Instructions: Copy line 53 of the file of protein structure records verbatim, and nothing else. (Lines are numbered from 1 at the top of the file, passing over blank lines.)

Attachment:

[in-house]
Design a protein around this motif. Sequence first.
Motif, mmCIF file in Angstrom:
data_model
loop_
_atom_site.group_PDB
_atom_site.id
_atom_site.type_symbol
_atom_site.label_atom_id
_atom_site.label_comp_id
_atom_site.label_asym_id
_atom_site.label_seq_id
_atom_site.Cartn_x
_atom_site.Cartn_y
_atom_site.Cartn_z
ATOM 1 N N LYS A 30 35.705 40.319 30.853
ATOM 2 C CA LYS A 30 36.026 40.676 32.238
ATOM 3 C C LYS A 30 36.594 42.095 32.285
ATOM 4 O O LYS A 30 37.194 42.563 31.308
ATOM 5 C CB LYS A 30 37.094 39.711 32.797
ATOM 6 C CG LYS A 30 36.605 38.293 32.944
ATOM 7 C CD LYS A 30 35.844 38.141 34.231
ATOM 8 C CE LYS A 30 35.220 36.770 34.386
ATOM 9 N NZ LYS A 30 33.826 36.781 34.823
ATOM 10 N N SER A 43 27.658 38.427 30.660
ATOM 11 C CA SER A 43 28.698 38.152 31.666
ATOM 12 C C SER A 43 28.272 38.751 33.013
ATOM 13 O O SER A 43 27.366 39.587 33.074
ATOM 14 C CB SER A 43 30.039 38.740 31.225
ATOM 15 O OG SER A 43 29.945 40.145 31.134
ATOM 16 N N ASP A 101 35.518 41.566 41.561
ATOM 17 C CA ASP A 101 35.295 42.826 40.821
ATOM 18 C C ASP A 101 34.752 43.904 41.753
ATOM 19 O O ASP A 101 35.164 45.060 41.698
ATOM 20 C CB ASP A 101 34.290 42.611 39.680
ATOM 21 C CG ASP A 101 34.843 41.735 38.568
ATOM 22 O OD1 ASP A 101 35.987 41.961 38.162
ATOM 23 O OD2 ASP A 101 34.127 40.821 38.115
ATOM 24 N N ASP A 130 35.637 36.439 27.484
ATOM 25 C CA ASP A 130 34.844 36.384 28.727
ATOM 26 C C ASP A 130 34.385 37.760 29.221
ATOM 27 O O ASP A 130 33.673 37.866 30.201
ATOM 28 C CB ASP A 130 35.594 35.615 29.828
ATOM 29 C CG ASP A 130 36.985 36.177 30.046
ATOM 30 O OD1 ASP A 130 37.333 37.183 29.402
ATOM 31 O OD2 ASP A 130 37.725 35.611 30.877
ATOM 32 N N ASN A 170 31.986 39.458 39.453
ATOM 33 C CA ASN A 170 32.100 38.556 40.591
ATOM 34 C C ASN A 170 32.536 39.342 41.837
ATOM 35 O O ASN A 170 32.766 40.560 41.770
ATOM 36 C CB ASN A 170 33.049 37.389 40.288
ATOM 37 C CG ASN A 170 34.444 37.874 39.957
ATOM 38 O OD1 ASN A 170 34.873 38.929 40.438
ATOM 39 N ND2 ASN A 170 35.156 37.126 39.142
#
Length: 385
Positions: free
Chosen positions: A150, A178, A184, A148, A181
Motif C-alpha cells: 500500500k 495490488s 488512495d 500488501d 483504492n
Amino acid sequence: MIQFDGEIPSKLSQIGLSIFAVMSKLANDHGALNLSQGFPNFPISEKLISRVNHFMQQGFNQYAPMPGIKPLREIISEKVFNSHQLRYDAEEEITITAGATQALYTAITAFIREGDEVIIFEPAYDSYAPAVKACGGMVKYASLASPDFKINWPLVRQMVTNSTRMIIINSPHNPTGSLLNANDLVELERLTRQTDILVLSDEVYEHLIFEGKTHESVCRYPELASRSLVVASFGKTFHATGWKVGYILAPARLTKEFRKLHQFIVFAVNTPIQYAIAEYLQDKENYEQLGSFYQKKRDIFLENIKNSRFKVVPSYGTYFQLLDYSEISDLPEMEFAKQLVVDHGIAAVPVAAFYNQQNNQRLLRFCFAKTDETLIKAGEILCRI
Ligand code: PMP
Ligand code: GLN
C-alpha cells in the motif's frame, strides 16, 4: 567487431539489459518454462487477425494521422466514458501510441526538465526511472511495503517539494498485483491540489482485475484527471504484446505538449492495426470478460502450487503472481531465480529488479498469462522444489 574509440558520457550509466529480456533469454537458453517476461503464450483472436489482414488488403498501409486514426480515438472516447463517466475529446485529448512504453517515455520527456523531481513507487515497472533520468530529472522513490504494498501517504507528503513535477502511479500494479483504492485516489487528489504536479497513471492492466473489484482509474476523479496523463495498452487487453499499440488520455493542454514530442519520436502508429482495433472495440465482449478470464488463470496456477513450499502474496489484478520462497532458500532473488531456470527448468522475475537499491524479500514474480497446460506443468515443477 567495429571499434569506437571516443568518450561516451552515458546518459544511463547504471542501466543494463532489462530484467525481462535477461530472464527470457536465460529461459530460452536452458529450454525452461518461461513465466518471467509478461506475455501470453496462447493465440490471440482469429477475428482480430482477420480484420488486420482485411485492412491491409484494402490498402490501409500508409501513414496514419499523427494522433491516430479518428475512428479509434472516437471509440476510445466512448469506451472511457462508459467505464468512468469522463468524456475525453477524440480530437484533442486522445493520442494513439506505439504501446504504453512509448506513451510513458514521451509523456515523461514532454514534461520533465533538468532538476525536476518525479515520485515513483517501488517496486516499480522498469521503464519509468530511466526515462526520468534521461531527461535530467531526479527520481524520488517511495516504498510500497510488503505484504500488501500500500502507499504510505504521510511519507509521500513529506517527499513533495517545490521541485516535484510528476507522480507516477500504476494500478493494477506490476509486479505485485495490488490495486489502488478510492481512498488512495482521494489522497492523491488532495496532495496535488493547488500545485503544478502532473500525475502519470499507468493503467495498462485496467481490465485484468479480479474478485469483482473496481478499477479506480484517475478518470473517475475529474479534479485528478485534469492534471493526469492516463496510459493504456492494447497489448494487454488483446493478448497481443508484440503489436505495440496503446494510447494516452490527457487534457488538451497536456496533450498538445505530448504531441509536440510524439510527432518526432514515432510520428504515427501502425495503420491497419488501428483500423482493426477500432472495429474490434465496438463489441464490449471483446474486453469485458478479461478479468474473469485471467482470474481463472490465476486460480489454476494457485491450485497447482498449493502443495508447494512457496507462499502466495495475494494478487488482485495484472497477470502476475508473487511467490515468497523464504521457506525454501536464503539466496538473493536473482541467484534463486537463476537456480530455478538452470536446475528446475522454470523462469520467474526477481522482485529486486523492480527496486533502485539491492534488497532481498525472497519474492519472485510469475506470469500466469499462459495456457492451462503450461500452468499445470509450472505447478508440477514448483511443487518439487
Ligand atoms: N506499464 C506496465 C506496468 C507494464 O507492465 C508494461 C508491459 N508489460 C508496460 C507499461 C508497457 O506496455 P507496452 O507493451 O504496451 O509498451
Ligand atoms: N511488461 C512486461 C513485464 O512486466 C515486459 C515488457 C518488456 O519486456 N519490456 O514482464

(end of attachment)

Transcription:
ATOM 38 O OD1 ASN A 170 34.873 38.929 40.438